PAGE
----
New York Rangers rookie Alexis Lafrenière has struggled to adjust to the NHL – and it’s obvious. Despite getting more than 14 minutes of ice time each game, the seventh-most among forwards on the team, he has tallied just a single point in 12 games. Rangers coach David Quinn has done his best to try and get the 2020 No. 1 overall pick going, but nothing has worked thus far. Coach Quinn’s favorite method of attempting to solve Lafrenière’s struggles has been mixing up his line-mates almost every game. Through the first 12 games of the season, the rookie has been a member of six different line combos, by far the most on the team. Here’s which combos have worked well, and others not so much:
Which Line Combo Has Worked Best for Alexis Lafrenière?
Very few probably remember that this line even existed. The third-line for the first game of the season, the three found little success while on the ice together. The line existed for only that first game and hasn’t been seen since. It must be said that perhaps coach Quinn decided to switch things up a little prematurely. After all, it was Lafrenière’s first career game and he had no preseason games to help build chemistry.
The rookie registered one shot with the line, took his lone penalty of the season, and had a -1 plus/minus in 13 minutes of ice time.
For his second career NHL game Alexis Lafrenière was moved up to the second-line. There were questions about how Lafrenière would fair playing on the right side, as he had played almost exclusively left wing while in Rimouski, but he ended up playing very well. In his first game with the line he had his best plus/minus of the season – +2. He also totaled three shots, tied for his second-most in a game.
The following game didn’t have the same success unfortunately. In 14 minutes of ice time Lafrenière managed to get only one shot on goal and had a -1 plus/minus.
In an attempt to give a scoring-spark to the rookie, coach Quinn moved the No. 1 overall pick up to the first line. On paper, the idea seemed great. Kreider’s high hockey-IQ and Zibanejad’s otherworldly goal-scoring ability would certainly provide scoring chances for Lafrenière, right? Well, not so much.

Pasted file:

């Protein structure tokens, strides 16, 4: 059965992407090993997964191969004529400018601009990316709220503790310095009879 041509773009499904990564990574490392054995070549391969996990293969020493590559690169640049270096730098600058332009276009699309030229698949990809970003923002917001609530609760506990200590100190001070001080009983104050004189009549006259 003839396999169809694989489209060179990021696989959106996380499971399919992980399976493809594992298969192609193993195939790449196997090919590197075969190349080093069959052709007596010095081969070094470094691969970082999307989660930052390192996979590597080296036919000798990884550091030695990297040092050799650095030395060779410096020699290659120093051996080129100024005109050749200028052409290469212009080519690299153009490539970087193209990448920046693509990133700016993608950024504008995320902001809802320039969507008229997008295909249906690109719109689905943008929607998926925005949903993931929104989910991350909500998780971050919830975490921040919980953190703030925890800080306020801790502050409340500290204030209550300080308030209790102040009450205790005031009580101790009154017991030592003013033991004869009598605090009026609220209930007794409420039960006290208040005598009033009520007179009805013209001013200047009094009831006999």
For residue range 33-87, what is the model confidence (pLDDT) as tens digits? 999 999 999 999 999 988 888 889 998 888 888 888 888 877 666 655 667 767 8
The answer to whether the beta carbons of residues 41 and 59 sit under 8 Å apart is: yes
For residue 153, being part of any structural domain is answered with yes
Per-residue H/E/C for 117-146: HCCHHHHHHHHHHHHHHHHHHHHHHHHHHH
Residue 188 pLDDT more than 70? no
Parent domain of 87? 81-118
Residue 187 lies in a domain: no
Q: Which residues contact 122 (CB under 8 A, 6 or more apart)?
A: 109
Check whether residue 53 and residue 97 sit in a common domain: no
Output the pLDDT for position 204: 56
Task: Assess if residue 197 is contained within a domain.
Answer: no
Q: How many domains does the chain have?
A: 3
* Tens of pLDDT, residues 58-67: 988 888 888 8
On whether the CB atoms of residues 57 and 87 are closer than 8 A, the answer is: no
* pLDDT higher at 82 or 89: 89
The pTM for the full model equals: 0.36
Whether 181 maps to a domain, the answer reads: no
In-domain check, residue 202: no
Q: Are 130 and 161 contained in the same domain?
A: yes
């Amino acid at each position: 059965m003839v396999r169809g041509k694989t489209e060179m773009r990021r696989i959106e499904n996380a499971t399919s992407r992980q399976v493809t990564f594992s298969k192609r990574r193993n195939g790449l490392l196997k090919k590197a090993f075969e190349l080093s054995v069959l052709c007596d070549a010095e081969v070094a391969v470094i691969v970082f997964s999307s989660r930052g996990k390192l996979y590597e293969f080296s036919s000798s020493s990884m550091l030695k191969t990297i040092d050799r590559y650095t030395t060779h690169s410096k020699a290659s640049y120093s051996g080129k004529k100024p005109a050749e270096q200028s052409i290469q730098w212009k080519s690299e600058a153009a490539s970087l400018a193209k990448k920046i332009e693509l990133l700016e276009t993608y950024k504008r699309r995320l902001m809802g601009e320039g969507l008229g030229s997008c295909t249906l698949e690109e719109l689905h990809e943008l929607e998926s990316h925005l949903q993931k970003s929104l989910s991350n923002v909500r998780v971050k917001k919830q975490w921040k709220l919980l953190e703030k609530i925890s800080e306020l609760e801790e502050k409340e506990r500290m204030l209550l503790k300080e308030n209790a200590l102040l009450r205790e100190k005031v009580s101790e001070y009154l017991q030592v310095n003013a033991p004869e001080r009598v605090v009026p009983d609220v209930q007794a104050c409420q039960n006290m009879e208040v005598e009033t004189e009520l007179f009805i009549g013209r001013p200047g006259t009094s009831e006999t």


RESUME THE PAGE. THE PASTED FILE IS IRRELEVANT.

The first-line was not only a poor fit for Lafrenière, it was also statistically the worst line he was a member of. In two games, he registered just one shot and posted a -2 plus/minus while averaging 17 minutes of ice time in the two contests.
Another one-hit-wonder, the “under age 22” line existed for only one game. I personally wish coach Quinn gave this line another game to build chemistry. Something about young, underrated players on the same line works very well. For example, the line of Di Giuseppe-Chytil-Kakko that existed earlier this season was stellar prior to Chytil’s injury.
Notching three shots in under 15 minutes with the line, Lafrenière looked very comfortable.
Despite struggling mightily on the first-line two games prior, the rookie returned to the top line and showed great improvement in the January 28th contest against the Sabres. In 15 minutes of ice time, Lafrenière tallied four shots on goal, his season-high. He also scored his first, and only, NHL point in the game – an overtime goal to give the Rangers a 3-2 win.
It must be pointed out that the goal occurred in a 3-on-3 format, not the typical 5-on-5. Meaning Lafrenière still has not accounted for a point with any five-man line this season.
The line would end up playing four total games together, double the number any other Lafrenière line played. In those four games, he totaled nine shots and a 0 plus/minus. Having Buchnevich, a true right-winger, on the opposite side helped immensely.
The most recent line combo created by the jigsaw-puzzle-fanatic David Quinn has played two games together thus far. Neither game has been particularly inspiring. In more than 26 total minutes of ice time with the line, Lafrenière is yet to record a shot and has a -1 plus/minus.
I am fully expecting to see a new line be sent out for Friday’s game against the Bruins, as should you.
So, Which Line is Best?
If game seven of the Stanley Cup Final was tomorrow, and I had to send out a line with Alexis Lafrenière’s name on it, I’m putting him on the first line with Mika Zibanejad and Pavel Buchnevich – no questions asked. Those four games were the best Lafrenière has played all season. He was drafted by New York to score points, and playing alongside two proven veterans give him the best chance of doing that.
On the other hand, ff you’re looking for a line full of potential and the opportunity to burgeon into a line of the future, then putting him alongside Brett Howden and Kaapo Kakko would be the correct answer. Each of them has a unique skillset that would allow the other to grow. Howden’s physical-play compliments Kaako and Lafrenière’s quickness very well. Meanwhile, Kaako’s ability to shoot the puck on net would provide excellent tip-in opportunities for the other two. On top of that, Lafrenière’s passing talent would get his teammates loads of scoring chances at the net.
What do you think would be best for Alexis Lafrenière? Leave a comment below to share your thoughts on the situation.